Your Experience of Law in Indonesia Conclusion

Conclusions - your experience with law in Indonesia


When we discussed Formal Law—the law as written—and Applied Law—the law as enforced—we could turn to academic articles.

But Your Law is personal, it is impacted by corruption, and the best we can do is report a proxy index number for corruption in Indonesia from Transparency International.

There is no collection of data beyond anecdotes, and even those can be hard to come by. In some of the worst cases—in which the victims or their families are threatened—expatriates usually choose to flee the country and Indonesians choose to remain silent.

We will, however include anecdotes as case histories in a later chapter Cases.

These points stand out in the previous discussions:

  • Regardless of how laws are written or generally enforced, any individual case can be sidetracked by corruption;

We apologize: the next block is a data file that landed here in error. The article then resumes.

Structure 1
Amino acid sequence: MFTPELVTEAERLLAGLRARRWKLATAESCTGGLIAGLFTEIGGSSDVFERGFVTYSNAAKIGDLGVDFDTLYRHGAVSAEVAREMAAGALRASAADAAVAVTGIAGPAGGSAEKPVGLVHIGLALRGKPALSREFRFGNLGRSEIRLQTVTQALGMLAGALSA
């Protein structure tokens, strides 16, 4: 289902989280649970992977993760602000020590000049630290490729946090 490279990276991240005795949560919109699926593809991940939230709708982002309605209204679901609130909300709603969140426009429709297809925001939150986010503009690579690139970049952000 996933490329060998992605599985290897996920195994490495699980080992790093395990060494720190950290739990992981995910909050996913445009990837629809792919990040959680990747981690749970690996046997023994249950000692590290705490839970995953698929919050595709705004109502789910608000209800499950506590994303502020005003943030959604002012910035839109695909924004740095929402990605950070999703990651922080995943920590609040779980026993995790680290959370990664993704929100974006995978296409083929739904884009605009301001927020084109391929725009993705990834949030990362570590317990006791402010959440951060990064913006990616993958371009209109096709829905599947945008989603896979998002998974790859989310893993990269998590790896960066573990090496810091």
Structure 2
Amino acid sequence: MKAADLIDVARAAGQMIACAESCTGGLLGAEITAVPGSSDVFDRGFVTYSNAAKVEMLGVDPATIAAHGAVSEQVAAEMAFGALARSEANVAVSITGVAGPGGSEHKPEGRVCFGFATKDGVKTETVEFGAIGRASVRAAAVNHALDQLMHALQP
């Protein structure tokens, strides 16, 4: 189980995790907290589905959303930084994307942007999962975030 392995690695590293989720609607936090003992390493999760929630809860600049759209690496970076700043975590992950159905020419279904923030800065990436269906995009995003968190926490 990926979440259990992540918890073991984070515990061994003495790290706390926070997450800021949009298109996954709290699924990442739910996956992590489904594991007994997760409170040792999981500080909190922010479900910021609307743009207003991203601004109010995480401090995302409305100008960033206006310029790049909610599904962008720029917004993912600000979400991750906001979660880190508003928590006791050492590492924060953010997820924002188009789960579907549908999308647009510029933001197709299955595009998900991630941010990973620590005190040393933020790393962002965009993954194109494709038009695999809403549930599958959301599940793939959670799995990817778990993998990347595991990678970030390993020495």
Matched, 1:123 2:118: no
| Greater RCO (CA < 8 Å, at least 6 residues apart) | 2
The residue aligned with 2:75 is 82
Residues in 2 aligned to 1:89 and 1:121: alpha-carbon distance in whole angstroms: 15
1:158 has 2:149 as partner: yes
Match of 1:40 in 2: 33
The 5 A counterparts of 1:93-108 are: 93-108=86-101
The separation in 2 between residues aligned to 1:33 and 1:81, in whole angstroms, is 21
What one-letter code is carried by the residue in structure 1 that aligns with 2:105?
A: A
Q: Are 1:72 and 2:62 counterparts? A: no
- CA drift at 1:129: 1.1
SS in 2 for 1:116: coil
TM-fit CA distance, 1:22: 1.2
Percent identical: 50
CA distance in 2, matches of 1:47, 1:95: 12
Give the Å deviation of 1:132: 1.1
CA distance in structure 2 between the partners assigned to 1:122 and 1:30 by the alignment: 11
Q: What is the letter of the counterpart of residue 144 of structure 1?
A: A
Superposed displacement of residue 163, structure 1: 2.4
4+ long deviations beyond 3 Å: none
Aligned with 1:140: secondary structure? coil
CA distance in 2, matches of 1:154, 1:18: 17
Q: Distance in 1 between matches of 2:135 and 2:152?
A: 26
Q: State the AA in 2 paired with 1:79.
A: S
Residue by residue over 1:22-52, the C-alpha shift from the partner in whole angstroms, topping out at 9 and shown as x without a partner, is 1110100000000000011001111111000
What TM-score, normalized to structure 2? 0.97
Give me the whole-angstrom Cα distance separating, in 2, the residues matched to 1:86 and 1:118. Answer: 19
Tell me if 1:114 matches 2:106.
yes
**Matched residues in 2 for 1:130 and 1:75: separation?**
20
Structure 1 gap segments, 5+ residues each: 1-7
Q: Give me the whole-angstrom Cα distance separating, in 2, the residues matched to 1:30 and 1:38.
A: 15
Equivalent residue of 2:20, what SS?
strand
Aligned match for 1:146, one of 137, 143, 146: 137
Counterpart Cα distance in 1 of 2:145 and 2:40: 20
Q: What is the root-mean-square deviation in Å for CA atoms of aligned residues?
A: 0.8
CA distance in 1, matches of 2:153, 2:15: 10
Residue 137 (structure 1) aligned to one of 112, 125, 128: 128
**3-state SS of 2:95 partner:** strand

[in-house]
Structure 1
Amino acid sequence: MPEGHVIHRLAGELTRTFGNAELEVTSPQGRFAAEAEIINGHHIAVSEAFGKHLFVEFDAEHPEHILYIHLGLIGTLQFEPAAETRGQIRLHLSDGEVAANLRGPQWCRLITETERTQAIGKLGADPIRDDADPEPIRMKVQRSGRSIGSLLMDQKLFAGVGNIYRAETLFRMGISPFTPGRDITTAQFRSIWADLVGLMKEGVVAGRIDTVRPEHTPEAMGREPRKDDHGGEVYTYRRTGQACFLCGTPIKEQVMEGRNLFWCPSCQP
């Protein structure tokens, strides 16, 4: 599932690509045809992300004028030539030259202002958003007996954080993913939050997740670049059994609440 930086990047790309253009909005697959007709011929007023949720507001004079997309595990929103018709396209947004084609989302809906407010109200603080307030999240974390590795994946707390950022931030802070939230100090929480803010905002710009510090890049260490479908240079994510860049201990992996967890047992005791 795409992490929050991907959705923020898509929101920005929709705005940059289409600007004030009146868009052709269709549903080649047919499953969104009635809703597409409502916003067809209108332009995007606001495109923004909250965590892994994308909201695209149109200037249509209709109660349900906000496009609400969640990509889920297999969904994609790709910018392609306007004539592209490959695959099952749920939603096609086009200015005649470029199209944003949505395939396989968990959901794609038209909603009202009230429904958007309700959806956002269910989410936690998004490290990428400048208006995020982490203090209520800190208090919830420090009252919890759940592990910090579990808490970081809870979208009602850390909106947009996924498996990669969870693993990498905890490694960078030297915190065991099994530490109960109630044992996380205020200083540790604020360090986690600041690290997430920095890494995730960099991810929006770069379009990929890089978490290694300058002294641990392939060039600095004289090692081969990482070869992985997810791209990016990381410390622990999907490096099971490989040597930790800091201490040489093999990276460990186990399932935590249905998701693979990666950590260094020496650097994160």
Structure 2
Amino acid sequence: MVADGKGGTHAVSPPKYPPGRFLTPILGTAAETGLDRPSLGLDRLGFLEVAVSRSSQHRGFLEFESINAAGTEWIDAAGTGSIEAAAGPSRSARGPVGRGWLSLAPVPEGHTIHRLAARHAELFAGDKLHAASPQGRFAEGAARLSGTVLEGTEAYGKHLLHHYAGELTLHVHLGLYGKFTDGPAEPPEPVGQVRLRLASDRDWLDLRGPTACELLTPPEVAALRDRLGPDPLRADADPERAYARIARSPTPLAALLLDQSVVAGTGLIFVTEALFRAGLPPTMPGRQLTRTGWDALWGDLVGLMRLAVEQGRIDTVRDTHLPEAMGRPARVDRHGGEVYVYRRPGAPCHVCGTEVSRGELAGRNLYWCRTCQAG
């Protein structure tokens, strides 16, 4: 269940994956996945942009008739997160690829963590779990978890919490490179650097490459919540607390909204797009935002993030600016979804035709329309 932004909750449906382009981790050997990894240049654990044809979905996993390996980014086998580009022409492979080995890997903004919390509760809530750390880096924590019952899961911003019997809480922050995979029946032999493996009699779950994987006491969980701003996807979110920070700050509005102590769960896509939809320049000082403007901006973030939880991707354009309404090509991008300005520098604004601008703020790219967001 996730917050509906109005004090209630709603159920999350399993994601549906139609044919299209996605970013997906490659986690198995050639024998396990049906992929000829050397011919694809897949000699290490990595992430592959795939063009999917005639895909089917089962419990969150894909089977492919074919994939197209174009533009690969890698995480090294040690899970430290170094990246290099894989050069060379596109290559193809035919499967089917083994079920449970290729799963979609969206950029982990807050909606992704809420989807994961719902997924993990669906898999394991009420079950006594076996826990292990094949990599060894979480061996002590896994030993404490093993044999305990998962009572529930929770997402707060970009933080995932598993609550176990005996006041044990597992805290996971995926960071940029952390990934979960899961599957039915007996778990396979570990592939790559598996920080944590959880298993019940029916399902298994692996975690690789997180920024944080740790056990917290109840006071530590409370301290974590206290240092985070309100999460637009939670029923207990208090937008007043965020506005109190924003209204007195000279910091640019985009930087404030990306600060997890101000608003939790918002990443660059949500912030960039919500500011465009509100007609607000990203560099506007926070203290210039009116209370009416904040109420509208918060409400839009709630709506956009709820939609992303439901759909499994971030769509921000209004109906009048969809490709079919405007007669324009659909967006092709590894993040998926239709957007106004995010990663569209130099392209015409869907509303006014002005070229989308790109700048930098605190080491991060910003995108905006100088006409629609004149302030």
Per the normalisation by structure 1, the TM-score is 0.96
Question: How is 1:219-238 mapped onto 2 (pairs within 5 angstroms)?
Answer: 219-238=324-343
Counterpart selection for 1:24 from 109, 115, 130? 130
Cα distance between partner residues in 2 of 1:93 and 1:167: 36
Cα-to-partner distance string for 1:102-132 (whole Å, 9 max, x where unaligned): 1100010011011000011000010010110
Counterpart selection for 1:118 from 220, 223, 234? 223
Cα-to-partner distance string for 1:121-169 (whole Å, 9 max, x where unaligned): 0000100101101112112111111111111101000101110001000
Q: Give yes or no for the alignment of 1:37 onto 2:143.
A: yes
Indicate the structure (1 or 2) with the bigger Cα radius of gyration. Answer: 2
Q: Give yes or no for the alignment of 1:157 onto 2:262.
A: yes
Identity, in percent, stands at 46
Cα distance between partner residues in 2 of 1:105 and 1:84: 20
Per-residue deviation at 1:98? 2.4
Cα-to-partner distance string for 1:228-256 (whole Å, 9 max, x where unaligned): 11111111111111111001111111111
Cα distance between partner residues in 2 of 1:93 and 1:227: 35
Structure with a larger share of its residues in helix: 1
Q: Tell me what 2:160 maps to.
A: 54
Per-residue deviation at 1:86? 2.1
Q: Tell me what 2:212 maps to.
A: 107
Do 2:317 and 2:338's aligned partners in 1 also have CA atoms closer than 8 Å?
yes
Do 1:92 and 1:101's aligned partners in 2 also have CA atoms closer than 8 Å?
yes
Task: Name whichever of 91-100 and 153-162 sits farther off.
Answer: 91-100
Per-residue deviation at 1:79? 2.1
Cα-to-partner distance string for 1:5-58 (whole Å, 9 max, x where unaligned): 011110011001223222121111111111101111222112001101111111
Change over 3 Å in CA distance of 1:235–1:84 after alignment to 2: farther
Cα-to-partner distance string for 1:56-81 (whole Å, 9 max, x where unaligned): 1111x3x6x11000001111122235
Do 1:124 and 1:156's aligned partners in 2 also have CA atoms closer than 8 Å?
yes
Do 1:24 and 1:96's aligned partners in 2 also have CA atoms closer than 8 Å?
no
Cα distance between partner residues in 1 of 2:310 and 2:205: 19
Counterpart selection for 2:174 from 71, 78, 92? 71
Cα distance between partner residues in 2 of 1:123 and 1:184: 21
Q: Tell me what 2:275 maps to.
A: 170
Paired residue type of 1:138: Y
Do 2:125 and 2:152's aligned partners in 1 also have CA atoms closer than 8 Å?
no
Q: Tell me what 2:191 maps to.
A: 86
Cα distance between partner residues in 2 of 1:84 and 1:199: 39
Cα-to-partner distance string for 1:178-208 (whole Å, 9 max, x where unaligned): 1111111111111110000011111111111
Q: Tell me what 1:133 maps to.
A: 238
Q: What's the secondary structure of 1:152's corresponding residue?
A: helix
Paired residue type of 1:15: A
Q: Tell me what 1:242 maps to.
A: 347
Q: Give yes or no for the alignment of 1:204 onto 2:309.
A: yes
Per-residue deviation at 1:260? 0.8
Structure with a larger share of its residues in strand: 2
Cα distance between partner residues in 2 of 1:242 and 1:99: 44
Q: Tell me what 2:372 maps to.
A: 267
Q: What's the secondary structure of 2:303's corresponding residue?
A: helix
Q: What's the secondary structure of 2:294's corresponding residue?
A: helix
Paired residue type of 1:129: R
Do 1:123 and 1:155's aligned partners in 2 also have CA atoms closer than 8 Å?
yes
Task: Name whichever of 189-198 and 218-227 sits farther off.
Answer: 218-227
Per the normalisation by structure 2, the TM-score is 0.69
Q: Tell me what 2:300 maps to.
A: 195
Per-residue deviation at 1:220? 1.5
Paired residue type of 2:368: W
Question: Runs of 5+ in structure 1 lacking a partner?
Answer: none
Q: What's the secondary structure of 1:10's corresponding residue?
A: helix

• Indonesia’s corruption ratings index is abysmal and not clearly improving;
  • The actual significance of corruption is NOT an extra expense or nuisance—it is the complete denial of justice under law;
  • The Indonesian public is victimized and sickened by corruption, as is most (but certainly not all, as we shall see) of the expatriate community.
  • By all reports the “vast and extensive jungle of law” is growing worse despite all the efforts of anti-corruption movements like the KPK.

For most readers now the most interesting question is “how does it affect me?”

To answer that we need to explore the Institutions controlling the Indonesian legal system, especially the Mafia Hukum, or the Law Mafia.